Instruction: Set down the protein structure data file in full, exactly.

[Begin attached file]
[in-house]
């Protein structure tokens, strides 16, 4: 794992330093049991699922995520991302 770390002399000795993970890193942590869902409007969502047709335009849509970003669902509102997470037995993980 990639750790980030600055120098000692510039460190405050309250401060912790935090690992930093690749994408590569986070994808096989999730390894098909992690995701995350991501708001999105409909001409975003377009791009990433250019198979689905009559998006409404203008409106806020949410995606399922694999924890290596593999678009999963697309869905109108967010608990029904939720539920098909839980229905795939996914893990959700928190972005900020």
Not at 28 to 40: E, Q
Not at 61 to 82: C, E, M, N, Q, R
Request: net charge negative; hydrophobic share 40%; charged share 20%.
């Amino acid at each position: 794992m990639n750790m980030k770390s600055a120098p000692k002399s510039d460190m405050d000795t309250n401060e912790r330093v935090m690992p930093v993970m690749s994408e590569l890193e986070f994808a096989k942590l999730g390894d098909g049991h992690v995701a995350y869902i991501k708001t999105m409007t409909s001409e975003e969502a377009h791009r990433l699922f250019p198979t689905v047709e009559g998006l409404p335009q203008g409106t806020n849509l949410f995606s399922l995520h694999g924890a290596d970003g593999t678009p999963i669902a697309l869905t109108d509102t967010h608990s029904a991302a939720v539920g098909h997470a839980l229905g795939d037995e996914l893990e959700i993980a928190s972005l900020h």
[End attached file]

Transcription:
[in-house]
């Protein structure tokens, strides 16, 4: 794992330093049991699922995520991302 770390002399000795993970890193942590869902409007969502047709335009849509970003669902509102997470037995993980 990639750790980030600055120098000692510039460190405050309250401060912790935090690992930093690749994408590569986070994808096989999730390894098909992690995701995350991501708001999105409909001409975003377009791009990433250019198979689905009559998006409404203008409106806020949410995606399922694999924890290596593999678009999963697309869905109108967010608990029904939720539920098909839980229905795939996914893990959700928190972005900020």
Not at 28 to 40: E, Q
Not at 61 to 82: C, E, M, N, Q, R
Request: net charge negative; hydrophobic share 40%; charged share 20%.
């Amino acid at each position: 794992m990639n750790m980030k770390s600055a120098p000692k002399s510039d460190m405050d000795t309250n401060e912790r330093v935090m690992p930093v993970m690749s994408e590569l890193e986070f994808a096989k942590l999730g390894d098909g049991h992690v995701a995350y869902i991501k708001t999105m409007t409909s001409e975003e969502a377009h791009r990433l699922f250019p198979t689905v047709e009559g998006l409404p335009q203008g409106t806020n849509l949410f995606s399922l995520h694999g924890a290596d970003g593999t678009p999963i669902a697309l869905t109108d509102t967010h608990s029904a991302a939720v539920g098909h997470a839980l229905g795939d037995e996914l893990e959700i993980a928190s972005l900020h």